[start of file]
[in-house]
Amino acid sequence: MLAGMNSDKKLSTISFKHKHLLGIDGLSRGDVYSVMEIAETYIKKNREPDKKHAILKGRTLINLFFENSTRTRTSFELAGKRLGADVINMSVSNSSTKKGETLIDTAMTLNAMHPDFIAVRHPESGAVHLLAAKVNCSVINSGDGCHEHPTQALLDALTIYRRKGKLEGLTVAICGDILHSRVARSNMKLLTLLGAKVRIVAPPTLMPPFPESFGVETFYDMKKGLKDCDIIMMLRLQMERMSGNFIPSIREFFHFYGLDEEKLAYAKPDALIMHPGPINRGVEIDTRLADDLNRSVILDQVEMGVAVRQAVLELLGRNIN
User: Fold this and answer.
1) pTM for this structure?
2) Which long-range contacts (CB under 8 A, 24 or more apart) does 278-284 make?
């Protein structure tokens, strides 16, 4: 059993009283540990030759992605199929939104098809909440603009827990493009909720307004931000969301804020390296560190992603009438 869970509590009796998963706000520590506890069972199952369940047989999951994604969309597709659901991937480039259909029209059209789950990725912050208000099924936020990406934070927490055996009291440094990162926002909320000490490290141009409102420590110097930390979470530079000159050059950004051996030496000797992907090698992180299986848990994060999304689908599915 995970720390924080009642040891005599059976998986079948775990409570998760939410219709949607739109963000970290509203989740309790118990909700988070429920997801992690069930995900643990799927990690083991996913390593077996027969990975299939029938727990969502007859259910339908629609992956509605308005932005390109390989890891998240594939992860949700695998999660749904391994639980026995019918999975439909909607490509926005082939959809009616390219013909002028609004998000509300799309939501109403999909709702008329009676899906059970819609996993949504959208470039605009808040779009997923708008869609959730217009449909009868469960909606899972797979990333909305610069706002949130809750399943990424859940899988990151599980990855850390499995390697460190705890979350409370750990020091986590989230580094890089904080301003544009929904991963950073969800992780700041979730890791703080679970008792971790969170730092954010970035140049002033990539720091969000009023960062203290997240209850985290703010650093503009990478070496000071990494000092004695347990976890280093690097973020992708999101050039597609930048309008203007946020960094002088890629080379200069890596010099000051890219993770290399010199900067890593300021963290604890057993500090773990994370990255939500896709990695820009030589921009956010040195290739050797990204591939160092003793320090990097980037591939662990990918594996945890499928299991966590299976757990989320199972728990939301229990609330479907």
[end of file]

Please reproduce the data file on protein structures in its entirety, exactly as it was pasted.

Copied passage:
[in-house]
Amino acid sequence: MLAGMNSDKKLSTISFKHKHLLGIDGLSRGDVYSVMEIAETYIKKNREPDKKHAILKGRTLINLFFENSTRTRTSFELAGKRLGADVINMSVSNSSTKKGETLIDTAMTLNAMHPDFIAVRHPESGAVHLLAAKVNCSVINSGDGCHEHPTQALLDALTIYRRKGKLEGLTVAICGDILHSRVARSNMKLLTLLGAKVRIVAPPTLMPPFPESFGVETFYDMKKGLKDCDIIMMLRLQMERMSGNFIPSIREFFHFYGLDEEKLAYAKPDALIMHPGPINRGVEIDTRLADDLNRSVILDQVEMGVAVRQAVLELLGRNIN
User: Fold this and answer.
1) pTM for this structure?
2) Which long-range contacts (CB under 8 A, 24 or more apart) does 278-284 make?
């Protein structure tokens, strides 16, 4: 059993009283540990030759992605199929939104098809909440603009827990493009909720307004931000969301804020390296560190992603009438 869970509590009796998963706000520590506890069972199952369940047989999951994604969309597709659901991937480039259909029209059209789950990725912050208000099924936020990406934070927490055996009291440094990162926002909320000490490290141009409102420590110097930390979470530079000159050059950004051996030496000797992907090698992180299986848990994060999304689908599915 995970720390924080009642040891005599059976998986079948775990409570998760939410219709949607739109963000970290509203989740309790118990909700988070429920997801992690069930995900643990799927990690083991996913390593077996027969990975299939029938727990969502007859259910339908629609992956509605308005932005390109390989890891998240594939992860949700695998999660749904391994639980026995019918999975439909909607490509926005082939959809009616390219013909002028609004998000509300799309939501109403999909709702008329009676899906059970819609996993949504959208470039605009808040779009997923708008869609959730217009449909009868469960909606899972797979990333909305610069706002949130809750399943990424859940899988990151599980990855850390499995390697460190705890979350409370750990020091986590989230580094890089904080301003544009929904991963950073969800992780700041979730890791703080679970008792971790969170730092954010970035140049002033990539720091969000009023960062203290997240209850985290703010650093503009990478070496000071990494000092004695347990976890280093690097973020992708999101050039597609930048309008203007946020960094002088890629080379200069890596010099000051890219993770290399010199900067890593300021963290604890057993500090773990994370990255939500896709990695820009030589921009956010040195290739050797990204591939160092003793320090990097980037591939662990990918594996945890499928299991966590299976757990989320199972728990939301229990609330479907």